A Look Back at the Acadia Youth Conservation Corps
July 25th, 2023
July 25th, 2023
BY LYNN FANTOM
In 1970, Congress approved a three-year pilot called the Youth Conservation Corps to employ teens, ages 14 to 18, in summer conservation jobs.
Acadia National Park was one of nine sites chosen and so began “the most outstanding program for boys and girls – ever,” according to Bob Chaplin, who served as what is today known as the Acadia Youth Conservation Corps (AYCC) head of environmental education. His passionate bias can be forgiven.
The new decade held promise, despite inflation and unemployment. The United States had ended its involvement in the Vietnam War, Congress passed the Endangered Species Act, and more.
The first Earth Day had occurred just a year earlier. “I helped arrange some of the speakers and the teach-ins at my own campus,” said Ron Beard, one of the four crew leaders in the AYCC, who later became a community development expert at University of Maine Cooperative Extension. “We really felt both a responsibility and an opportunity to teach high school students about the environment and to work collaboratively with the environment.”
Fellow crew leader Cathy Johnson, who in 2020 received the Natural Resources Council of Maine’s Conservation Leadership Award for Lifetime Achievement, called the program a “wonderful opportunity” to get work experience, learn about the environment, work as a team, meet people (who, for many, became part of a life-long network), and have fun.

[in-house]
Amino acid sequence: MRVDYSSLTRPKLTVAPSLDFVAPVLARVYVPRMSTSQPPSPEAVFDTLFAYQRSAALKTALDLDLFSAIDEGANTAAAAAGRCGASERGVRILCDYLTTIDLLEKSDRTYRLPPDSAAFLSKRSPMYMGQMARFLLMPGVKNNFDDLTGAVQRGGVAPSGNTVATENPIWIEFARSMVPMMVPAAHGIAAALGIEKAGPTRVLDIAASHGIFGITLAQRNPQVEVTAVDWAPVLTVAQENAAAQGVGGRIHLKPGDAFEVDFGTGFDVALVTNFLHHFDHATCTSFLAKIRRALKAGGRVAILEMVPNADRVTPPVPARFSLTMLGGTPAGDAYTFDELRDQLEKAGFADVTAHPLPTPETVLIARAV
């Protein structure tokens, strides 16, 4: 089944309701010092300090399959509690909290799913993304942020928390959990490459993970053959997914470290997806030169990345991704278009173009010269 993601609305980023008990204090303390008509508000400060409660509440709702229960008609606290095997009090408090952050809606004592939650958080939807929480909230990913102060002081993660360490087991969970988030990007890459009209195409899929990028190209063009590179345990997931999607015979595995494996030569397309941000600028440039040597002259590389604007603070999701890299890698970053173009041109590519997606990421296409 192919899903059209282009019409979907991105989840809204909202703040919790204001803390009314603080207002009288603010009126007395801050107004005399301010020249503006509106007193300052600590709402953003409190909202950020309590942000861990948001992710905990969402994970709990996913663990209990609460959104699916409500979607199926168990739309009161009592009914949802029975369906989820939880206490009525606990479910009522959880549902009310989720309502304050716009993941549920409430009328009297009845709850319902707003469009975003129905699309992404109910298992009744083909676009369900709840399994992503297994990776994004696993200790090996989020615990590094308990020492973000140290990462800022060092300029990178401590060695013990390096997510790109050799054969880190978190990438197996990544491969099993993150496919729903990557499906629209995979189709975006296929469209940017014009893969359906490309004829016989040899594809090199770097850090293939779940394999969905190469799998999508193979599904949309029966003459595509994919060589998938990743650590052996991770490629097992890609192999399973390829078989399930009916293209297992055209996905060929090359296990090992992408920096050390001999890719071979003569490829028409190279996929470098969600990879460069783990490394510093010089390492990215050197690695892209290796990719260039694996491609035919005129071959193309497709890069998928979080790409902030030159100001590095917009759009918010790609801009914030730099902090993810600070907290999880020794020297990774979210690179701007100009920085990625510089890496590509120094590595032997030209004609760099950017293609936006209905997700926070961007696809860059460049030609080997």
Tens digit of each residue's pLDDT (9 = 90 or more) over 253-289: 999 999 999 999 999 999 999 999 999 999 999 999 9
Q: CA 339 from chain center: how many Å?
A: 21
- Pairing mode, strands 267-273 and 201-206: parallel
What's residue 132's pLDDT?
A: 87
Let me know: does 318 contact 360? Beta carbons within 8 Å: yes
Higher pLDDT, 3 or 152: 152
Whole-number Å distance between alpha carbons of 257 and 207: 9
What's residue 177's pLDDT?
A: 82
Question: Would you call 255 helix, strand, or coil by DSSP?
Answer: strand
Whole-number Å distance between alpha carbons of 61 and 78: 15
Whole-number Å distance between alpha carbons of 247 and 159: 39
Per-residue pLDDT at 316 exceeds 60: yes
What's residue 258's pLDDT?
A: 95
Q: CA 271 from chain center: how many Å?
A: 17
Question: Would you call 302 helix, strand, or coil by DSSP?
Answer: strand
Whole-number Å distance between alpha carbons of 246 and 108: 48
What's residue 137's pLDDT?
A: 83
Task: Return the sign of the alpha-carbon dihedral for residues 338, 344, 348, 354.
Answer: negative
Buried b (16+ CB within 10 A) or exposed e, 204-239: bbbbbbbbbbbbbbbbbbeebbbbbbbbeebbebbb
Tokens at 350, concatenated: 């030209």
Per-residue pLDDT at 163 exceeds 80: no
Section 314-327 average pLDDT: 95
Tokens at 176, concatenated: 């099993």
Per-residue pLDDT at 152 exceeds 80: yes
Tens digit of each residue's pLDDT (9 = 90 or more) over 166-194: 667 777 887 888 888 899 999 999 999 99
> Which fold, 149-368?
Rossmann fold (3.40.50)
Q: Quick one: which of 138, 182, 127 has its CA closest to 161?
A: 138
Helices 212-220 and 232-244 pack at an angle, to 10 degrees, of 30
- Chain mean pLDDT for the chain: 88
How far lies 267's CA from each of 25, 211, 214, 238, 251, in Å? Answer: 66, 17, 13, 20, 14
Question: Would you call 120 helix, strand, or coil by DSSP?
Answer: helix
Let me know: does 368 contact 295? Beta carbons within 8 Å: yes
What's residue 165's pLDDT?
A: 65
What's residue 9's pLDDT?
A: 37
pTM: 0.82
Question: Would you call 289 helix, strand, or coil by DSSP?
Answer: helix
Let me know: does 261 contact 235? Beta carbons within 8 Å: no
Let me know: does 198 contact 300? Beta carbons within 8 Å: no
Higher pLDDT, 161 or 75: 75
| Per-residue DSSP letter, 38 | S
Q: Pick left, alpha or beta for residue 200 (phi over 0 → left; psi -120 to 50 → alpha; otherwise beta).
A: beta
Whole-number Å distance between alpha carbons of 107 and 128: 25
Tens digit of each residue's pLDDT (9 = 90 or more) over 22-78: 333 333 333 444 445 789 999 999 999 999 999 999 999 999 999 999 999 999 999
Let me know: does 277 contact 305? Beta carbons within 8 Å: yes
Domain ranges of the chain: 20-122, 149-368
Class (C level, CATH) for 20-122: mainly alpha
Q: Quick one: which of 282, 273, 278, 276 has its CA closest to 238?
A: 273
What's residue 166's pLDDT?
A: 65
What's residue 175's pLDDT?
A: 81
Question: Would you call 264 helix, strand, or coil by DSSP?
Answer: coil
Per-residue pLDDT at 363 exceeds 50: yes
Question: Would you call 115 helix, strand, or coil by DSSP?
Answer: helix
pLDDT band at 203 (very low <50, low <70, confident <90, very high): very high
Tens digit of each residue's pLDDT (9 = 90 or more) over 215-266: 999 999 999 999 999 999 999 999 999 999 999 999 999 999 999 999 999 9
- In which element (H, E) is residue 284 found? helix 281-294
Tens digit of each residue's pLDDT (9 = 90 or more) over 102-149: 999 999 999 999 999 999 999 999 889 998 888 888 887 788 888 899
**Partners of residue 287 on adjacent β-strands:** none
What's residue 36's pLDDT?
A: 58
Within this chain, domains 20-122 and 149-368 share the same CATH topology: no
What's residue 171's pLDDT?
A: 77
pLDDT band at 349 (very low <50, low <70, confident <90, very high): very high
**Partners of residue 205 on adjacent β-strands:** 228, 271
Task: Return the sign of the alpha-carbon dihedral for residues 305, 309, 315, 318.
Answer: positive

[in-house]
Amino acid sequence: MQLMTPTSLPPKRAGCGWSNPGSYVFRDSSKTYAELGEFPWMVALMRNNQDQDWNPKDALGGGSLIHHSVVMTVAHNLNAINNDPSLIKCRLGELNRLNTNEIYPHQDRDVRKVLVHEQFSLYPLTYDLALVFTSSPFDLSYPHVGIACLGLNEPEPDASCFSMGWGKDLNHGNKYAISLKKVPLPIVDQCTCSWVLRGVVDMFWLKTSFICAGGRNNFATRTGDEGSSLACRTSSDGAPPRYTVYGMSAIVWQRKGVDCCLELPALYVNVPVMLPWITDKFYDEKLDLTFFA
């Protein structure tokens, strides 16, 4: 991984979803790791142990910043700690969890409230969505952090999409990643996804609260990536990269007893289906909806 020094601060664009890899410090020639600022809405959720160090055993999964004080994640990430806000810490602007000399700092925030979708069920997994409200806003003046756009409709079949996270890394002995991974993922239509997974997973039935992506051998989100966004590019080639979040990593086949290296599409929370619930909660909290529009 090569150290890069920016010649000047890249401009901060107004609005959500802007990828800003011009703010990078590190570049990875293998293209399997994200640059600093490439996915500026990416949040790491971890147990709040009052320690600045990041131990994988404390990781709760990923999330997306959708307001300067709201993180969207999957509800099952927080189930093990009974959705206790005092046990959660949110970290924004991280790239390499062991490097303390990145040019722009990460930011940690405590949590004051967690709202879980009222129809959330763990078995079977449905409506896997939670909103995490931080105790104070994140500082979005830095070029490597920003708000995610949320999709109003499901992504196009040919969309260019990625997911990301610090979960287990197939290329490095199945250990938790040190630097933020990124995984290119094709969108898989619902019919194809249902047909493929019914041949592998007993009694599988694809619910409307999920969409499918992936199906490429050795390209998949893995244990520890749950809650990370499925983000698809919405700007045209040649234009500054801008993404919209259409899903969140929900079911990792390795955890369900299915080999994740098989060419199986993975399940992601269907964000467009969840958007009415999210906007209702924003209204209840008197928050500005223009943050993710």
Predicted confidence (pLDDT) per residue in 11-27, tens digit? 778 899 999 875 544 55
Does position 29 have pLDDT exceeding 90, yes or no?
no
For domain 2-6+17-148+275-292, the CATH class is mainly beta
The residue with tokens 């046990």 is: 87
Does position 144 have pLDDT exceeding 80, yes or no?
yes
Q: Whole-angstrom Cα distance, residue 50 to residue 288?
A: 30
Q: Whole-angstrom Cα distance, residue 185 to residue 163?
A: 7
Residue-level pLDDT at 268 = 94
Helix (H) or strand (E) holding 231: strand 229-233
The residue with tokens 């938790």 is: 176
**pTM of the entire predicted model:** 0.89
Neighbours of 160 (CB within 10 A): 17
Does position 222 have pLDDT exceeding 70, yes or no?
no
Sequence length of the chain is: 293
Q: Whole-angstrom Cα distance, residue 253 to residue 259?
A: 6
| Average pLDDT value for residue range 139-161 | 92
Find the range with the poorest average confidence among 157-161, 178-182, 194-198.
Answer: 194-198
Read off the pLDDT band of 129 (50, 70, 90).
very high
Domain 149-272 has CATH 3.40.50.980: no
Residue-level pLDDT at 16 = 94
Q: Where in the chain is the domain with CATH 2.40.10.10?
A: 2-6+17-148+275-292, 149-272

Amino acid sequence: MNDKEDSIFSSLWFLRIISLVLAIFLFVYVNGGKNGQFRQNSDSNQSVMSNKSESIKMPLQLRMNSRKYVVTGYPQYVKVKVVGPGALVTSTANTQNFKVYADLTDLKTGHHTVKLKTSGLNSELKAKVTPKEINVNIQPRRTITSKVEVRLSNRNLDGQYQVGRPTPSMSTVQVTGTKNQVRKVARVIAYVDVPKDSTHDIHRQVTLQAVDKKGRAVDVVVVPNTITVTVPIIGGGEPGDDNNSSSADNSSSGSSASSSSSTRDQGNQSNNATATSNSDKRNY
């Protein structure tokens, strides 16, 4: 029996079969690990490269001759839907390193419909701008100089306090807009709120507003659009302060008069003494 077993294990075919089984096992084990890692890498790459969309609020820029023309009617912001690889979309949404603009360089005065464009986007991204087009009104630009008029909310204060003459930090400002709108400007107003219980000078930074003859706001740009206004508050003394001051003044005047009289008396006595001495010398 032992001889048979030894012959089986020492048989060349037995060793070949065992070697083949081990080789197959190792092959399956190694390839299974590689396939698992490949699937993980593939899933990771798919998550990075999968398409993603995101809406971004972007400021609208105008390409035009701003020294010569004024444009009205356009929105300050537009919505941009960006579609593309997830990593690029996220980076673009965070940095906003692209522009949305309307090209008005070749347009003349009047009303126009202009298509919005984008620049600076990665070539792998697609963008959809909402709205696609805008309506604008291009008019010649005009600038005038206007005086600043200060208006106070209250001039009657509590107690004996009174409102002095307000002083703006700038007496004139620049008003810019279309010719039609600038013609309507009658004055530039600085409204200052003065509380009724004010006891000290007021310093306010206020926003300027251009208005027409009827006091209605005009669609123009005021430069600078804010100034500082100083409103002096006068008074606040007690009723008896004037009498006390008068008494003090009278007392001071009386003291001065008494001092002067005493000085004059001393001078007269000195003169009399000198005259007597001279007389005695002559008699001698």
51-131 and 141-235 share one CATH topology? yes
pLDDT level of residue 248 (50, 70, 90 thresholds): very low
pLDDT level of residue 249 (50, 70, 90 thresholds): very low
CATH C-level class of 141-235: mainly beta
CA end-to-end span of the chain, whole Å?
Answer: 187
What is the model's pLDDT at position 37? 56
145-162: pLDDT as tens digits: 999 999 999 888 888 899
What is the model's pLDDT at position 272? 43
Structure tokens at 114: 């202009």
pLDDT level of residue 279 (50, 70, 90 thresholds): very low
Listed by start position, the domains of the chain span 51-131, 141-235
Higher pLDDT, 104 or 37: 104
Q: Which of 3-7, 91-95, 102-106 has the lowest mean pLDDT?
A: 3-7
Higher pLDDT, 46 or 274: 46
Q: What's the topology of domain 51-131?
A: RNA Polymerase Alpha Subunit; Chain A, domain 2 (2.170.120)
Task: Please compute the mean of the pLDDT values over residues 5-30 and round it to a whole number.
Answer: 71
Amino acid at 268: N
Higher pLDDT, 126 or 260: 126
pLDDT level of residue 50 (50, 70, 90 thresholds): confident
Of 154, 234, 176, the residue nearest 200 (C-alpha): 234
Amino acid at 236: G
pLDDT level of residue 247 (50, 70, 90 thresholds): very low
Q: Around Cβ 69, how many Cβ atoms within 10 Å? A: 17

She recalled that recruits were primarily from Bangor and Portland, “kids who had not generally been in the outdoors and not done a lot of physical labor.” The 1970 law itself specified the program would promote “gainful employment during the summer months of American youth, representing all segments of society, in the healthful outdoor atmosphere” of national parks and other public lands.
Assignments – like clearing leaf litter and maintaining Acadia’s historical sites – were coordinated through Martin Beavers, the program’s first director. Support was strong from both park superintendent Keith Miller and chief ranger Tom Hobbs, who “was really fired up about doing this,” said Chaplin. The first year enrolled 34 teenagers, ages 14-18, with an equal number of girls and boys. said Chaplin.
The new Youth Conservation Corps channeled the public works commitment of the Civilian Conservation Corps (CCC), a program that put over three million men to work during the Great Depression. But in 1970 the mandate was to hire both young women and men. Female and male crew leaders assigned work equally to co-ed work crews. “That was by design, not accident,” added Chaplin.
“We had a number of girls who arrived thinking that they couldn’t do a lot of things and left feeling very empowered,” said Johnson. They learned they could use chainsaws, drive buses, and remove boulders. Some even had the opportunity to climb Mount Katahdin.